Turán's Theorem gives an upper bound on the number of edges of n-node, K_r-free graphs, or equivalently it can be restated as that every n-node, m-edge graph has an independent set of size n^2/(n+2m). We illustrate how to apply Turán's Theorem to algorithmic problems in several ways.
The complexity of dictionary operations, insertion for example, in external memory is well studied. However, the complexity of a batch of n operations is less known, and is seldom as easy as summing up the complexity of individual operations. We obtain lower bounds for batched predecessors by showing the necessity of fetching a set of information that preserves some "independence", where Turán's Theorem applies. We also prove lower bounds for batched deletions in cross-referenced dictionaries based on the existence of an adversarial input that forbids some patterns, where Turán's Theorem again applies.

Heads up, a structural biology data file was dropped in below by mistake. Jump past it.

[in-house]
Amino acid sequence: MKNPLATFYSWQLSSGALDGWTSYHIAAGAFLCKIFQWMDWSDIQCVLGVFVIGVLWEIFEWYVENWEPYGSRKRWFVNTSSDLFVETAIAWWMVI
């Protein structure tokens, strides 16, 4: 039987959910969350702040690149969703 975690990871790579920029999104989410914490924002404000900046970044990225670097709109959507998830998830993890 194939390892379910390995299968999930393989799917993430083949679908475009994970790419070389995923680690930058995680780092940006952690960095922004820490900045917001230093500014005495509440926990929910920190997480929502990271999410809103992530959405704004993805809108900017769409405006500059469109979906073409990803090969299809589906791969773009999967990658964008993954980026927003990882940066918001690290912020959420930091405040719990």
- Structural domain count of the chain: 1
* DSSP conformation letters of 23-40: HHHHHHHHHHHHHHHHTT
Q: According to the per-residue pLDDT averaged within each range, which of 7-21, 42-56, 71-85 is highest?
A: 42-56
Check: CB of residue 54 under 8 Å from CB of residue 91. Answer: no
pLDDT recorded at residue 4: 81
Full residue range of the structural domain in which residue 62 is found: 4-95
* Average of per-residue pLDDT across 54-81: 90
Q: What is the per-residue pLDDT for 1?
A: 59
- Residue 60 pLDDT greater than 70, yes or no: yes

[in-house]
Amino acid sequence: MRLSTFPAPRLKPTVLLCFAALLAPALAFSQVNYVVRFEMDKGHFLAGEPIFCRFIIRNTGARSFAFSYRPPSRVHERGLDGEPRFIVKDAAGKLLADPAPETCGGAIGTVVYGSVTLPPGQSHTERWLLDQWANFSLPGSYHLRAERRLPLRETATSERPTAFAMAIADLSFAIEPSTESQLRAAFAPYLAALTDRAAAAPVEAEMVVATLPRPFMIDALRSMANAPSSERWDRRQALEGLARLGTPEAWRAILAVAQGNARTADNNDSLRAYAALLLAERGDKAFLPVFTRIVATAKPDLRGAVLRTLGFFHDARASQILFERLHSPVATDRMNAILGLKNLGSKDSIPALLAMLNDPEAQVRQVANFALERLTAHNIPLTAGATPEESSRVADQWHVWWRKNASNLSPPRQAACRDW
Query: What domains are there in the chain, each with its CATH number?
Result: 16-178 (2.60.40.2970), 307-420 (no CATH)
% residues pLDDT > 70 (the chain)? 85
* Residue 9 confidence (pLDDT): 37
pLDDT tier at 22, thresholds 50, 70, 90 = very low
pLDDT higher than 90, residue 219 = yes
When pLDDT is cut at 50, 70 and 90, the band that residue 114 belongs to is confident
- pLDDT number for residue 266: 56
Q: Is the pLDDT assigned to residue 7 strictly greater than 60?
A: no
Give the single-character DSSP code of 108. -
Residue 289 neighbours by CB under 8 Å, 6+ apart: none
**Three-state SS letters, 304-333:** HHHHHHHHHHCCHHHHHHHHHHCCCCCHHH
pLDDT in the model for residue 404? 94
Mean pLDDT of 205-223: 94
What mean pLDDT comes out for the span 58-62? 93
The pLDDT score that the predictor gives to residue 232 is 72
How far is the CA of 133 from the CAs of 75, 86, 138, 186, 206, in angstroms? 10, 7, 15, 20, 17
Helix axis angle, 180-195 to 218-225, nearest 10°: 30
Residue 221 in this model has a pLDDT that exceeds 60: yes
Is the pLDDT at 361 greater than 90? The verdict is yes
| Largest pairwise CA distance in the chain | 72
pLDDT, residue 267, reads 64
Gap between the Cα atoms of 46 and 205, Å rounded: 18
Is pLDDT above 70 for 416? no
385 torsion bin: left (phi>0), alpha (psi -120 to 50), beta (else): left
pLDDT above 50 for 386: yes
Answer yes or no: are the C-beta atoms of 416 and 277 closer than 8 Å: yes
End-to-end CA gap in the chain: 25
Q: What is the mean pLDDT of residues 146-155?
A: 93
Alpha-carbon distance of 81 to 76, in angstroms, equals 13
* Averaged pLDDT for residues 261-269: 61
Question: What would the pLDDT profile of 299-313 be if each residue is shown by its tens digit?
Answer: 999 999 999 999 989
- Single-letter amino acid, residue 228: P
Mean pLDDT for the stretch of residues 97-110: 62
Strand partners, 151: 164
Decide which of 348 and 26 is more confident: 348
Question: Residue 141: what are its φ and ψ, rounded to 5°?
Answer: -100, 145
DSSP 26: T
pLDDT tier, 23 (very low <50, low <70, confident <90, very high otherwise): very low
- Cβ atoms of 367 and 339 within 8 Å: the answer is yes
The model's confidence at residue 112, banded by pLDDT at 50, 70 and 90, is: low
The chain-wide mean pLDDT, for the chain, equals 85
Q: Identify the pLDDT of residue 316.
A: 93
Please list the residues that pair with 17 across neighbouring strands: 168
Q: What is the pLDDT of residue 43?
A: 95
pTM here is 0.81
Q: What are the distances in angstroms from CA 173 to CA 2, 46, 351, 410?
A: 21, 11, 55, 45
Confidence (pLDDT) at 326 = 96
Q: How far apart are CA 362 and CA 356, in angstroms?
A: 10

In addition, we demonstrate a class of inapproximability problems based on the APX-hardness of some building blocks. The NP-hardness of these building blocks are known, but whose NP-hardness reduction is not approximation-preserving. We note how to reformulate the reductions to be approximation-preserving with resorting to Turán's Theorem.